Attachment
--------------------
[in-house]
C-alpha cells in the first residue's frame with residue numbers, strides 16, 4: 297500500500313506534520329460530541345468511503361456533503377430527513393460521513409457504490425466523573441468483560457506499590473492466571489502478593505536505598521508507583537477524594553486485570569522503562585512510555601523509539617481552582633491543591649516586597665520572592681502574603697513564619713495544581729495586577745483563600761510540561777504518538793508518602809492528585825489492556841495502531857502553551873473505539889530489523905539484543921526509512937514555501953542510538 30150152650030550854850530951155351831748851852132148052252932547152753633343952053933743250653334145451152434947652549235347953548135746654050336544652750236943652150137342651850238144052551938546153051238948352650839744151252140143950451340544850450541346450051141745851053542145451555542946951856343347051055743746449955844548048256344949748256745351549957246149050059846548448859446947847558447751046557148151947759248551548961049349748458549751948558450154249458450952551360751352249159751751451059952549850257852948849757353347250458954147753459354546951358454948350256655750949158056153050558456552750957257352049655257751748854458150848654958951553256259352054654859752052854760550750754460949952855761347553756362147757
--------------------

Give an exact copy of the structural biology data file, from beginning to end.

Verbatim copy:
[in-house]
C-alpha cells in the first residue's frame with residue numbers, strides 16, 4: 297500500500313506534520329460530541345468511503361456533503377430527513393460521513409457504490425466523573441468483560457506499590473492466571489502478593505536505598521508507583537477524594553486485570569522503562585512510555601523509539617481552582633491543591649516586597665520572592681502574603697513564619713495544581729495586577745483563600761510540561777504518538793508518602809492528585825489492556841495502531857502553551873473505539889530489523905539484543921526509512937514555501953542510538 30150152650030550854850530951155351831748851852132148052252932547152753633343952053933743250653334145451152434947652549235347953548135746654050336544652750236943652150137342651850238144052551938546153051238948352650839744151252140143950451340544850450541346450051141745851053542145451555542946951856343347051055743746449955844548048256344949748256745351549957246149050059846548448859446947847558447751046557148151947759248551548961049349748458549751948558450154249458450952551360751352249159751751451059952549850257852948849757353347250458954147753459354546951358454948350256655750949158056153050558456552750957257352049655257751748854458150848654958951553256259352054654859752052854760550750754460949952855761347553756362147757